If you want to do all the work yourself, and feel that you can handle the job, this is the way to begin:
Construct the bottom of the oven: The bottom of the oven is a rectangle of metal, with the corners notched out to allow bending up flanges all around the sides. These are 3/4-inch flanges and they're bent up 90 degrees, except for the front edge, which is a closed (acute) 45-degree angle, one inch long.
Cut the sides: The right and left side panels may be cut from one rectangle of metal to save material. Lay them out carefully to prevent waste. Again, 3/4-inch, 90-degree flanges are bent onto the front and top edges of each panel. The back and bottom edges are left flat. Be sure to make the two sets of bends opposite each other so that you'll have a right-hand panel and a left-hand panel, and not two of a kind!
The back and door: The oven back has 3/4-inch flanges on each side and an opening cut in it for the door. Notch the corners of the opening at 45-degree angles and bend the 1/2-inch stiffener flanges inward. This will strengthen the door opening and also give the back a finished appearance.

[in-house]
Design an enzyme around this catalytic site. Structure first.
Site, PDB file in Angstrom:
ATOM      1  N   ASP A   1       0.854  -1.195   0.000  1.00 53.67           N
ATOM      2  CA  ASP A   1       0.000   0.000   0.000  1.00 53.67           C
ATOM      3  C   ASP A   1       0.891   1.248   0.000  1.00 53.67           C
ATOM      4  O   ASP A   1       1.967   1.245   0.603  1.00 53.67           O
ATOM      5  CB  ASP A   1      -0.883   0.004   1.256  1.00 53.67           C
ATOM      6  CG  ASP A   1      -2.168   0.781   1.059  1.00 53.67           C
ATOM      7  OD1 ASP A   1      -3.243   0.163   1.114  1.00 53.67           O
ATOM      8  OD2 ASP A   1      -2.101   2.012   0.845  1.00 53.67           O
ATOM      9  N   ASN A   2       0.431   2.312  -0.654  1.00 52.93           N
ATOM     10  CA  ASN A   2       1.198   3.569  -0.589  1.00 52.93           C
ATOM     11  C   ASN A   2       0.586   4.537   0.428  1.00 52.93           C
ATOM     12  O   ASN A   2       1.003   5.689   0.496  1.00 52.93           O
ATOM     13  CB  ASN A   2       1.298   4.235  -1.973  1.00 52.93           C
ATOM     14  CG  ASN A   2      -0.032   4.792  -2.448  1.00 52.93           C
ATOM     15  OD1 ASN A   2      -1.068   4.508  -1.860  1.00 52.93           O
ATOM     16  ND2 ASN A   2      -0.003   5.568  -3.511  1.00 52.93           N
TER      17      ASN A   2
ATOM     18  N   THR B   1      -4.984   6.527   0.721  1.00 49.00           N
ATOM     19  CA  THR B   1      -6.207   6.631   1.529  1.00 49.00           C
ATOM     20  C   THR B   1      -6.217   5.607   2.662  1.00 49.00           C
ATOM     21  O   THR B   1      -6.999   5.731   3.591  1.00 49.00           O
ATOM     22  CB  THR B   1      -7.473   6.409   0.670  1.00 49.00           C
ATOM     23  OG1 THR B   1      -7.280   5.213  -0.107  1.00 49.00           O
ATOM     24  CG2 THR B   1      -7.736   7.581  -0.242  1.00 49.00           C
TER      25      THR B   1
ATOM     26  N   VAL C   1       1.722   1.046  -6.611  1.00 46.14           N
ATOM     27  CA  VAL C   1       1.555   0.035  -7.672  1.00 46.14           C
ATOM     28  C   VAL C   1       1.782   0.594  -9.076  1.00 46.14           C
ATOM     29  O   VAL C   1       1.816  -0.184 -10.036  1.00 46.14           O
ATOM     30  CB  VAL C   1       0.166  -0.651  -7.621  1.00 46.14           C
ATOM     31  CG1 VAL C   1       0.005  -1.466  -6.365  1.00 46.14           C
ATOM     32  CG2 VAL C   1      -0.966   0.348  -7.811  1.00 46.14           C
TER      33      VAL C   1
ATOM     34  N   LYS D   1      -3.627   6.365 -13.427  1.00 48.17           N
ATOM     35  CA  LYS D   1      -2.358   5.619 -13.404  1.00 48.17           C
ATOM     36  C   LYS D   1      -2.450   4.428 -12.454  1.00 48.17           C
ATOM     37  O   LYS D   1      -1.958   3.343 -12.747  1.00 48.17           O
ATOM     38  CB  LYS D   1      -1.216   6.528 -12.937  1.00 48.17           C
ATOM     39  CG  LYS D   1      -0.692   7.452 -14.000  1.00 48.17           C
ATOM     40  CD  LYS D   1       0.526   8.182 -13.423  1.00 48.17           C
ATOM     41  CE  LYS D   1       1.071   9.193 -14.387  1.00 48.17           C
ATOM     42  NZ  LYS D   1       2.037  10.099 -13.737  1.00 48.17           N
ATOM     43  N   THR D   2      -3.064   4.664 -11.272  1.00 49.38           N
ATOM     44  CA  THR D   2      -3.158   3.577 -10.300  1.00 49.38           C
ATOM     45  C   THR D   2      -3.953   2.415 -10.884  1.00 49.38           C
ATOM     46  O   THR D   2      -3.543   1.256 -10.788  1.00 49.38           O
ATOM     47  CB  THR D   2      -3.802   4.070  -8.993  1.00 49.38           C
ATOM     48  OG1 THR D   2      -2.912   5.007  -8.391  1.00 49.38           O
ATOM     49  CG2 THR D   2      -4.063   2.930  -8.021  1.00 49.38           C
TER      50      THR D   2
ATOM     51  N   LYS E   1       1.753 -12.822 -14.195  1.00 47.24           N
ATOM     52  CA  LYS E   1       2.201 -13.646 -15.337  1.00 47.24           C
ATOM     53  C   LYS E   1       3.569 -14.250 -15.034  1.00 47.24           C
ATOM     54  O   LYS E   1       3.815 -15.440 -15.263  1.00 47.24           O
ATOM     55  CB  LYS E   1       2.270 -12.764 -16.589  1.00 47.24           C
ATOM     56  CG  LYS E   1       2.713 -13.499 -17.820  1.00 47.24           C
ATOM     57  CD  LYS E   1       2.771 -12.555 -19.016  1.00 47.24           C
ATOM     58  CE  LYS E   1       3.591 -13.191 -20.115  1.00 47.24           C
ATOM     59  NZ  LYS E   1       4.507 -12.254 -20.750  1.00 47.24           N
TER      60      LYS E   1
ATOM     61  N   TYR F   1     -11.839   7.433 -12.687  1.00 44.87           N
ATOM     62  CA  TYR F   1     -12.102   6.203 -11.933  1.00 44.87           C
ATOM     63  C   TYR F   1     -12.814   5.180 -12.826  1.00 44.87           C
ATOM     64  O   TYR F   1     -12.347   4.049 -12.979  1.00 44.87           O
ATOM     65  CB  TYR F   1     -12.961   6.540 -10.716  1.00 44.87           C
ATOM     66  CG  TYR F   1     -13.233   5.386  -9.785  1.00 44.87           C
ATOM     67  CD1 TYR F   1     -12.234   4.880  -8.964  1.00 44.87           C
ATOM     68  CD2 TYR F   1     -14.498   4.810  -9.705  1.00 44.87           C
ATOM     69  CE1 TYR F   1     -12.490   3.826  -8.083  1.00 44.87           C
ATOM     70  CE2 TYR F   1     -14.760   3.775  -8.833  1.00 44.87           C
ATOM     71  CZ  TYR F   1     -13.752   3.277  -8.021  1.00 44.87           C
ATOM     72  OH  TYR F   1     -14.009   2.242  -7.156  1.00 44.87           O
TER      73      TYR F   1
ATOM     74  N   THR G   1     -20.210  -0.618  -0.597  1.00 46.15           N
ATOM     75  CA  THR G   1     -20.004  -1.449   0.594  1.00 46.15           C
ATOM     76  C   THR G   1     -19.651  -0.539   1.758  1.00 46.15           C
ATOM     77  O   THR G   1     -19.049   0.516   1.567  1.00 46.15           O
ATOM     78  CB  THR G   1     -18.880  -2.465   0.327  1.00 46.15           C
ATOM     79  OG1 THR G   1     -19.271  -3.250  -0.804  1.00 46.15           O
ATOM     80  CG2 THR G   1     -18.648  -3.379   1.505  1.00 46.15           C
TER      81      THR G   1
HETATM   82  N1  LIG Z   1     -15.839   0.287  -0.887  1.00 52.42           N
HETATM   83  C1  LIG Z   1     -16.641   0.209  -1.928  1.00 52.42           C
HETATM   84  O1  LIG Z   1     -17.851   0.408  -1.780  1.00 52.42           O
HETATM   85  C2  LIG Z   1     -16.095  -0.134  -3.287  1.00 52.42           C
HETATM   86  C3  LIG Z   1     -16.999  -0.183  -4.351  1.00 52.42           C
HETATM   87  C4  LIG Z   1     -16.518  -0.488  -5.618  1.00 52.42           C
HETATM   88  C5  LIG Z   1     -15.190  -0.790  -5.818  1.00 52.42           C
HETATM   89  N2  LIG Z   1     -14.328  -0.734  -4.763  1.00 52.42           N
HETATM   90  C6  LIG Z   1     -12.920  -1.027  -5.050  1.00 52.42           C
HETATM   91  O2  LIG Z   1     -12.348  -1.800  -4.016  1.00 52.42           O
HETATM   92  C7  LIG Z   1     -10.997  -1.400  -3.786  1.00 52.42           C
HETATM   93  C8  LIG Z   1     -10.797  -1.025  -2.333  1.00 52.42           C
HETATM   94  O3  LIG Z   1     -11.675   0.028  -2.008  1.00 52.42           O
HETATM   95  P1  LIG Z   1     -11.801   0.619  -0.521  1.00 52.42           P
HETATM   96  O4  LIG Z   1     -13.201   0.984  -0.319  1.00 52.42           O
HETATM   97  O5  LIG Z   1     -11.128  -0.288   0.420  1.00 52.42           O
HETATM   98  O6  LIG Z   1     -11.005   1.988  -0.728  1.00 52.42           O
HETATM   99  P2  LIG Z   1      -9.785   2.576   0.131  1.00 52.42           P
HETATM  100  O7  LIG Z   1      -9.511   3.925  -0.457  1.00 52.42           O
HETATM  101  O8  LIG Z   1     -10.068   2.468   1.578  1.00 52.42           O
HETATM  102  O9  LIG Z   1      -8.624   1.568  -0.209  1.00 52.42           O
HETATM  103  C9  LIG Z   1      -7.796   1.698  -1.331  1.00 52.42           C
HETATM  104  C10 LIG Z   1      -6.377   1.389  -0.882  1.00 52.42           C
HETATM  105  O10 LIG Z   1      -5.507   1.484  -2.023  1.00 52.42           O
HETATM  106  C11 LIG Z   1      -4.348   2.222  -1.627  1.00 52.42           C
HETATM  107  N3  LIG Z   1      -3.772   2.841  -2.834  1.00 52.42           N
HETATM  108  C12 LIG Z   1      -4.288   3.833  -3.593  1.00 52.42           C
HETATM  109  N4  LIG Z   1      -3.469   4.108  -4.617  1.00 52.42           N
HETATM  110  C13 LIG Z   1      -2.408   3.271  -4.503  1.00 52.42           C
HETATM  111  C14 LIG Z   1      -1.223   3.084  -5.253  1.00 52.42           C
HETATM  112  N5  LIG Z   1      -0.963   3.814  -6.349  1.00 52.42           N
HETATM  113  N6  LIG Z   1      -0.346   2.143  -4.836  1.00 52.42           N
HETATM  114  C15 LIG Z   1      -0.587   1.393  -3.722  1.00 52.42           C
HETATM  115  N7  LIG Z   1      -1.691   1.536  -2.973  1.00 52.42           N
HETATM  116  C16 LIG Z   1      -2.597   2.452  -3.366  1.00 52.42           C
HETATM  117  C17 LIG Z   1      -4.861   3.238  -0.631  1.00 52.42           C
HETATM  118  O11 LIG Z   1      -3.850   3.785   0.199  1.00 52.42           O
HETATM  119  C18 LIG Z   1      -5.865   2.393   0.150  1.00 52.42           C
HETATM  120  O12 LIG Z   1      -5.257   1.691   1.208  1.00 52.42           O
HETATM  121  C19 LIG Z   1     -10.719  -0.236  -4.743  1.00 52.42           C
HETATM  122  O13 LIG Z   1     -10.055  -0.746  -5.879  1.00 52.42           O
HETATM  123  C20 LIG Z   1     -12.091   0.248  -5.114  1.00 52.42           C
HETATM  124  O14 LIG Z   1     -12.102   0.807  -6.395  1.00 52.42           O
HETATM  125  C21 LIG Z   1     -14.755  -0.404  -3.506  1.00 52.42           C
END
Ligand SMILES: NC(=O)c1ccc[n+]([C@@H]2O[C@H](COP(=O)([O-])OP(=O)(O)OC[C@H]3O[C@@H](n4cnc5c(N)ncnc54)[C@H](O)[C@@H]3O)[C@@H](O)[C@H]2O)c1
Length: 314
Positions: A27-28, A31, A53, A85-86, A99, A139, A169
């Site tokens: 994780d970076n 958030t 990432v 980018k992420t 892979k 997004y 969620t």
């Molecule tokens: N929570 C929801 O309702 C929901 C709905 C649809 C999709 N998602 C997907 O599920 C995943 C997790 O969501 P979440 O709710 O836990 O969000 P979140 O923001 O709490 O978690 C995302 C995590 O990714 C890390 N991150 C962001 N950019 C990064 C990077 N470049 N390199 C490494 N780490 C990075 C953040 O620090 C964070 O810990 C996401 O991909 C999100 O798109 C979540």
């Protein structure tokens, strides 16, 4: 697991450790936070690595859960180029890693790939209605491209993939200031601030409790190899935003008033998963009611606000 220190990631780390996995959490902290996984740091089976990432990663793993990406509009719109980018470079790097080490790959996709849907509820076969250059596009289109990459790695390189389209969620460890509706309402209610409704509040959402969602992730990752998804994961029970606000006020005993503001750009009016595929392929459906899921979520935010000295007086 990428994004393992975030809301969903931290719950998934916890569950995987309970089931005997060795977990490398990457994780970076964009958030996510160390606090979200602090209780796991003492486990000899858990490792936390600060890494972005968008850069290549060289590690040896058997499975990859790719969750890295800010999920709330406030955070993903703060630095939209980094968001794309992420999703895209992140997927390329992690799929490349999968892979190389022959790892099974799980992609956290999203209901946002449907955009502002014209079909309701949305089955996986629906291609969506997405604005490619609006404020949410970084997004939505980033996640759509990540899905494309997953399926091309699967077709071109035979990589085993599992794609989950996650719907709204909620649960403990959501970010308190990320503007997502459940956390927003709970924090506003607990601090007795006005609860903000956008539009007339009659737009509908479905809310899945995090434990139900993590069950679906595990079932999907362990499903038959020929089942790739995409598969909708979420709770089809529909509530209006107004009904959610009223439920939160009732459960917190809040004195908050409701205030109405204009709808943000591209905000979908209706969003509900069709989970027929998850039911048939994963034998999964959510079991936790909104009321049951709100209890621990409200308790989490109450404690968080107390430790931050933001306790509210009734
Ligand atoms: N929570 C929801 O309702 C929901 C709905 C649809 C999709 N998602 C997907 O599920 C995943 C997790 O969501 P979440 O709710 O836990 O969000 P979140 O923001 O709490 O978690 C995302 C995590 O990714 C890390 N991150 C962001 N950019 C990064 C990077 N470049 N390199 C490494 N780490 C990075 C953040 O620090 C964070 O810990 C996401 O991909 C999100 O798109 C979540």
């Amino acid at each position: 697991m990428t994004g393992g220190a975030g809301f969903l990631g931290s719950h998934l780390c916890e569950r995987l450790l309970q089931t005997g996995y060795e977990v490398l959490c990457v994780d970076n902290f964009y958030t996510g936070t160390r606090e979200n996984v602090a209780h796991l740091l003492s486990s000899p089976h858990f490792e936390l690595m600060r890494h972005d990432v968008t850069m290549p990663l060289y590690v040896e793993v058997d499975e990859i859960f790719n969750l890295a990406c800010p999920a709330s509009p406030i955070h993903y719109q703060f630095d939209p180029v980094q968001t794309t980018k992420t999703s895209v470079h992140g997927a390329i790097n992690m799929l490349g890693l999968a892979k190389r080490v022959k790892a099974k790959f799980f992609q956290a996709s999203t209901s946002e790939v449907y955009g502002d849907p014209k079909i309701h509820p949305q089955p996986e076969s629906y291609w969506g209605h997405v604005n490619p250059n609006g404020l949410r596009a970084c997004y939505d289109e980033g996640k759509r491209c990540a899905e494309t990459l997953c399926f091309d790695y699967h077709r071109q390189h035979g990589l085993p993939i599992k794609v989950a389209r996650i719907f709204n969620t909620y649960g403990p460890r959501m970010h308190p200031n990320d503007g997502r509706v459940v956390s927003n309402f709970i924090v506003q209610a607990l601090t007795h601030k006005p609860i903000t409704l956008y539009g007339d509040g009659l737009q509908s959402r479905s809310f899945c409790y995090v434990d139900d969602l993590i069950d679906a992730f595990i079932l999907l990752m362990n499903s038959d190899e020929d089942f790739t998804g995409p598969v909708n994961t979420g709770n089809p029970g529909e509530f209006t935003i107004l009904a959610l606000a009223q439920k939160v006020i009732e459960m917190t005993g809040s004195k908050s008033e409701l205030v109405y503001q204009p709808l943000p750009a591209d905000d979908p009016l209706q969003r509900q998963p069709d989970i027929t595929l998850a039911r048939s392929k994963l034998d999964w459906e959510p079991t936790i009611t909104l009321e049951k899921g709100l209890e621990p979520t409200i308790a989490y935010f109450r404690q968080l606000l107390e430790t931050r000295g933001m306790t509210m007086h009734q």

Now make the top of the box. This is a channel with one 90-degree flange (to fit the back) and one open — or obtuse — 45-degree flange (to match the slope of the glass). Next comes two 3/4-by-1-inch retaining angles, each 18 inches long (to hold the pane of glass). The box is now complete except for a door.
Bending the door: The door is the only difficult part to make and care must be taken to bend it correctly. The double, or "hemmed", edge strengthens the panel, and the flange which is left standing will fit into the opening in the back of the box. A snug fit here will make for a neat, effective door that seals properly and helps keep the heat inside where we want it.
Fitting the floor: A false bottom is needed to prevent the collapse of the insulation in the floor of the oven. This bottom is a rectangle of metal cut two inches smaller on each side than the sheet for the bottom of the oven. Make sure it is not so large that it contacts the front, sides or back of the box. This would cause heat loss by conduction to those parts.